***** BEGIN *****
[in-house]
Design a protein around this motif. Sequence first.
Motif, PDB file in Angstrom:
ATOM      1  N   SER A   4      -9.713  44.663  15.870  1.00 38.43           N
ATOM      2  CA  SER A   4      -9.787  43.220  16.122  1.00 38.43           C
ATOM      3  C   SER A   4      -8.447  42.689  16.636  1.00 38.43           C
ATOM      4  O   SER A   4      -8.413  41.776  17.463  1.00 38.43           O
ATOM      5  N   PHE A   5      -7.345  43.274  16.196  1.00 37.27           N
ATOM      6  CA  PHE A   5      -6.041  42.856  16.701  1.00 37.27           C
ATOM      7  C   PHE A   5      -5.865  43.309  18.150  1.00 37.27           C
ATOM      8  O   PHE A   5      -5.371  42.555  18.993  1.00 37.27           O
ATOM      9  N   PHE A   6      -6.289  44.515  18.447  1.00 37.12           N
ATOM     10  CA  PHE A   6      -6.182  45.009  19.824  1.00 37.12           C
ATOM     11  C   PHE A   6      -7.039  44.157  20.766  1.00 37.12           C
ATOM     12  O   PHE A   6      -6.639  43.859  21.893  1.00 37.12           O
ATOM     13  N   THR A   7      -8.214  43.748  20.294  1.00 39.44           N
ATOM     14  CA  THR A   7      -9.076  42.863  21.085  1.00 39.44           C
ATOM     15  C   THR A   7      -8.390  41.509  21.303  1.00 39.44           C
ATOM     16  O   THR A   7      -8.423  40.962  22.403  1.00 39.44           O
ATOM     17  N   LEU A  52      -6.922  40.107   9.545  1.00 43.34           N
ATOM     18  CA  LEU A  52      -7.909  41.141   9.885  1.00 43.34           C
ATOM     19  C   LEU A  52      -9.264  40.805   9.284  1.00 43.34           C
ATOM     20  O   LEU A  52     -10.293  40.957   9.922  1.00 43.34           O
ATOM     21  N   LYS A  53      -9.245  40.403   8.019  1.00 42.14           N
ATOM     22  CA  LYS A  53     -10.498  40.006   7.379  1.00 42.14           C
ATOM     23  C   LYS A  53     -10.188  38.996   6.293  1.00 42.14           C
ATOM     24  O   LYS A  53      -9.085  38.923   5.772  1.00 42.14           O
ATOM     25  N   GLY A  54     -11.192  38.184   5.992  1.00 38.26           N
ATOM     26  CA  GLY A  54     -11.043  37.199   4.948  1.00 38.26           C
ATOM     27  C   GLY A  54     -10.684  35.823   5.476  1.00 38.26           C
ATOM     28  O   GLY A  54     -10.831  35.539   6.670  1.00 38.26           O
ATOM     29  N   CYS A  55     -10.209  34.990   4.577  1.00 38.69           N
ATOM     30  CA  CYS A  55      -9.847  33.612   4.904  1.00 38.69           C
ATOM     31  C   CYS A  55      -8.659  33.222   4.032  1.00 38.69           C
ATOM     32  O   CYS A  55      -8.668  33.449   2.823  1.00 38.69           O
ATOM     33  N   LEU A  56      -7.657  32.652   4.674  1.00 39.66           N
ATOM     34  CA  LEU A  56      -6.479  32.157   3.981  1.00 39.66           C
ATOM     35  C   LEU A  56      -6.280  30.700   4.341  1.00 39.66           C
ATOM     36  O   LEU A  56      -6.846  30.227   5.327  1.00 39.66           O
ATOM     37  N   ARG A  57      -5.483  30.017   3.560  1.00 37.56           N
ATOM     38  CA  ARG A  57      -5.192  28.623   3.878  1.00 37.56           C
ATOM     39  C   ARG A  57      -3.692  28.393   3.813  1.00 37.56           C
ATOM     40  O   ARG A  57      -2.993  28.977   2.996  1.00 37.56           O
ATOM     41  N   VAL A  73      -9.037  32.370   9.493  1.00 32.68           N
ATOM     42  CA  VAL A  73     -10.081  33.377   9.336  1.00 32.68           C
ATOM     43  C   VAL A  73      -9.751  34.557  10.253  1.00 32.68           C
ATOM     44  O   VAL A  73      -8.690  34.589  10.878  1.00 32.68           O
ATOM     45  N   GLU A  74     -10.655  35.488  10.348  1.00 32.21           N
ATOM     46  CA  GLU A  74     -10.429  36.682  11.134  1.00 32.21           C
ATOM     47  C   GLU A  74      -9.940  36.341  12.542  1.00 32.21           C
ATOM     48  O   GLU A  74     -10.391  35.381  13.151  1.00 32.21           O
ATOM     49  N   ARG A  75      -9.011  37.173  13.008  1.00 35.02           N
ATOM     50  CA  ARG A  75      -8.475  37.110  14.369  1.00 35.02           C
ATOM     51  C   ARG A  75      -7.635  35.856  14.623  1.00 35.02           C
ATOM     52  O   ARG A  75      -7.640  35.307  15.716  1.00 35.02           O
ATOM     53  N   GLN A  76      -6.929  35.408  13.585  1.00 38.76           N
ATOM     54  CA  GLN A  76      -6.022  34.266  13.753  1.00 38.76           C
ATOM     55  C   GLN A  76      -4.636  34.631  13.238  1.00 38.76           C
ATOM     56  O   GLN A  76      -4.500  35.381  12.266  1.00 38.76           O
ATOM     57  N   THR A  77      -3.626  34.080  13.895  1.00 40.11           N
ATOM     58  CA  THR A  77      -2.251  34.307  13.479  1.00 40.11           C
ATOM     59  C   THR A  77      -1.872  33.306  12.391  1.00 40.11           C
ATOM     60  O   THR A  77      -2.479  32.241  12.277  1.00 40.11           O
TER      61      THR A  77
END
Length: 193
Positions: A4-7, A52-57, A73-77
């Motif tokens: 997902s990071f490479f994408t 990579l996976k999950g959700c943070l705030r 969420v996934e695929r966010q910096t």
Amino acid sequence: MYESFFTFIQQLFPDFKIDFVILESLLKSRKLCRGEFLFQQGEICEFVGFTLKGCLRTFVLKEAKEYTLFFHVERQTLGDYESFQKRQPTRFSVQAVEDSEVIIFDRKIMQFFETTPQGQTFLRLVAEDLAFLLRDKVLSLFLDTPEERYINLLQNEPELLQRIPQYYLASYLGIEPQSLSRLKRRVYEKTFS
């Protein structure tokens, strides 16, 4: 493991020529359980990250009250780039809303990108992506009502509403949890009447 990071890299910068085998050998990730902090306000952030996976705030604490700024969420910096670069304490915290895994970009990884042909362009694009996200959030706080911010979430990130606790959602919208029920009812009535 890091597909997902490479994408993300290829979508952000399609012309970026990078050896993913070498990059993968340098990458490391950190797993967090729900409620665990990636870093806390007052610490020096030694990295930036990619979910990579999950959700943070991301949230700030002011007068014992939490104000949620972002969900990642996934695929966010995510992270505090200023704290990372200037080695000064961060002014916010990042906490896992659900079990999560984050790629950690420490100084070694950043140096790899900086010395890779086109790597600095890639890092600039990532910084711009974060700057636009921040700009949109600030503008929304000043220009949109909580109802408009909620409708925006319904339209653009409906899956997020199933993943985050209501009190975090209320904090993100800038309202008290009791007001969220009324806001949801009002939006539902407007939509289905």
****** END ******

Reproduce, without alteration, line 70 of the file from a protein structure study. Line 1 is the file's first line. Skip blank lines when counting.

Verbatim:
């Protein structure tokens, strides 16, 4: 493991020529359980990250009250780039809303990108992506009502509403949890009447 990071890299910068085998050998990730902090306000952030996976705030604490700024969420910096670069304490915290895994970009990884042909362009694009996200959030706080911010979430990130606790959602919208029920009812009535 890091597909997902490479994408993300290829979508952000399609012309970026990078050896993913070498990059993968340098990458490391950190797993967090729900409620665990990636870093806390007052610490020096030694990295930036990619979910990579999950959700943070991301949230700030002011007068014992939490104000949620972002969900990642996934695929966010995510992270505090200023704290990372200037080695000064961060002014916010990042906490896992659900079990999560984050790629950690420490100084070694950043140096790899900086010395890779086109790597600095890639890092600039990532910084711009974060700057636009921040700009949109600030503008929304000043220009949109909580109802408009909620409708925006319904339209653009409906899956997020199933993943985050209501009190975090209320904090993100800038309202008290009791007001969220009324806001949801009002939006539902407007939509289905």